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The article traces in detail the origins of the prosecutor amicus curiae in the practice of the International Criminal Tribunal for the Former Yugoslavia. This mechanism will subsequently be endorsed by all the ad hoc international criminal tribunals. It is noted that their emergence is the result of an unsuccessful experience in prosecuting offences against the administration of justice by the Tribunal under the previous legal framework. It is also stressed that, despite its effectiveness, the prosecutor amicus curiae mechanism cannot constitute the central component of the policy of prosecuting such acts and that, at this stage, it may even be considered an obstacle to its formation, given the occasional nature of the prosecutor amicus curiae‘s intervention in the international criminal proceedings and lack of continuity. As an alternative, it is proposed to establish a special independent organ - the Prosecutor for the offences against the administration of justice - in the international criminal tribunals, including the International Criminal Court.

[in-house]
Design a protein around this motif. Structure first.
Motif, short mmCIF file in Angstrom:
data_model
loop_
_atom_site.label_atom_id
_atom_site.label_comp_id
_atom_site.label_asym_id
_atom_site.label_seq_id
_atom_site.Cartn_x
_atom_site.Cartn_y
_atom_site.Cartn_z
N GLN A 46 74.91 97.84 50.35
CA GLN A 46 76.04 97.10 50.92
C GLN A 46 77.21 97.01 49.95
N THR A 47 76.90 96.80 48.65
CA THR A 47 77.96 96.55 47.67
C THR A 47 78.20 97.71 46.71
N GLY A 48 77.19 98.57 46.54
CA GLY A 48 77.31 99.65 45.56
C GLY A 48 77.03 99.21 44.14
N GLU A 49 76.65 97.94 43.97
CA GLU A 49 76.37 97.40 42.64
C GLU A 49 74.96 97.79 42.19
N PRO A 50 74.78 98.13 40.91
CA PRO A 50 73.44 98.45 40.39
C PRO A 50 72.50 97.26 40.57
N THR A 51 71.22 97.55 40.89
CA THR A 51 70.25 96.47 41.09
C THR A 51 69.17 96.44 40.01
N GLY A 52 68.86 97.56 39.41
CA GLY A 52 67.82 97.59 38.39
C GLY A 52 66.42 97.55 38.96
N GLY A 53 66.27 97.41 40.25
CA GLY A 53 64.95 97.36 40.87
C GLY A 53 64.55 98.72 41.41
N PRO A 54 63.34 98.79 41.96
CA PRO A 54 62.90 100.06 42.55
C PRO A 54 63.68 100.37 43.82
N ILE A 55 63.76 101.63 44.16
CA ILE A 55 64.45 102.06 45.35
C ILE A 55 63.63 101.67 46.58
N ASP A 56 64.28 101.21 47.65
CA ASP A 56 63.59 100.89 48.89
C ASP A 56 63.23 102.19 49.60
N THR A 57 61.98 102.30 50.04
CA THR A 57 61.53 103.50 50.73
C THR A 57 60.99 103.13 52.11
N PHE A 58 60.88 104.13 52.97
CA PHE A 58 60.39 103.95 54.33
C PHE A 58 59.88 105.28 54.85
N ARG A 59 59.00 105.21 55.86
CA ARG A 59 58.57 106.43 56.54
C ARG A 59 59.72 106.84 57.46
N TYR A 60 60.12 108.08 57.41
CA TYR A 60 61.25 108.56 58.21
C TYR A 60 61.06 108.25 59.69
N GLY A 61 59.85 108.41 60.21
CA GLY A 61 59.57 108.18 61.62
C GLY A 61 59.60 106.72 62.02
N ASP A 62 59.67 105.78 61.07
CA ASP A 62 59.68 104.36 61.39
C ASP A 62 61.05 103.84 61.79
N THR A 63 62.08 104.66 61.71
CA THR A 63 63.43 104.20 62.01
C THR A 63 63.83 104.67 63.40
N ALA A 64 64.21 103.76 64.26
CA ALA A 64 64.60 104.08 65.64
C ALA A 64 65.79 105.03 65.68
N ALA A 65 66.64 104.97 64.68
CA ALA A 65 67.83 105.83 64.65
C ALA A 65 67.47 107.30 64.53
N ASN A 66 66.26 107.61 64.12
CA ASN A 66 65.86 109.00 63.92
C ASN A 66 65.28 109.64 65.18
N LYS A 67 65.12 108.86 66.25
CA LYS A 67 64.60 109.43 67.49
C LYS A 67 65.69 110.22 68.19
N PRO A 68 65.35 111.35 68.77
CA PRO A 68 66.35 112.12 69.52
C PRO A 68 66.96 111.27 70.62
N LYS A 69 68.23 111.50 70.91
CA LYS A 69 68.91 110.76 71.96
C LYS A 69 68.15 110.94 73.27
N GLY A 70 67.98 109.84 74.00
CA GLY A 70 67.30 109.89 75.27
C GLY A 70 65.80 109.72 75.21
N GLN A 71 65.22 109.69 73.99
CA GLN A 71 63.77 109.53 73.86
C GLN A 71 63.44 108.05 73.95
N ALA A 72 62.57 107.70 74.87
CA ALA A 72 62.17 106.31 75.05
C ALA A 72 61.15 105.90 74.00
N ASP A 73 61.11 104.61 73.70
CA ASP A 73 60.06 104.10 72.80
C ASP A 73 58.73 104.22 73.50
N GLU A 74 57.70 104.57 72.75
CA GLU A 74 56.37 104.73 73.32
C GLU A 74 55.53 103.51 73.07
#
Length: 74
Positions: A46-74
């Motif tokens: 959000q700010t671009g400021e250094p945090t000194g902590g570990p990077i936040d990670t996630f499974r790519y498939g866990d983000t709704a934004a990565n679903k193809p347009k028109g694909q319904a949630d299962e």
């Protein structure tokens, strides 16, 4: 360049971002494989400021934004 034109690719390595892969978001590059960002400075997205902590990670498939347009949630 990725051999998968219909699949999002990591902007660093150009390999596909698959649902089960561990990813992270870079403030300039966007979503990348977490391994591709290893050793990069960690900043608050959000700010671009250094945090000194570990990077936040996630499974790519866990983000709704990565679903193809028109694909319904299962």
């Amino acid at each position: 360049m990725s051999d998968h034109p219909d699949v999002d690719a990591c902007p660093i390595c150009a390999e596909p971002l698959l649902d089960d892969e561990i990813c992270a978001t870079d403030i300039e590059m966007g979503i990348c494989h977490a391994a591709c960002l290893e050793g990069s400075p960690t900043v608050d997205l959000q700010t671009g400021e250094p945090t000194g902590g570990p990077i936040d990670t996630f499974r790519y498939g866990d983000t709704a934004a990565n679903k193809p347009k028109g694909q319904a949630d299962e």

About the authors

Ekaterina A. Kopylova

Embassy of the Russian Federation to the French Republic and the Principality of Monaco

Author for correspondence.

Candidate of Legal Sciences, Legal Advisor to the Extraordinary and Plenipotentiary Ambassador of the Russian Federation to the French Republic and the Principality of Monaco

40-50 Boulevard Lannes, Paris, 75116, France


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Copyright (c) 2020 Kopylova E.A.

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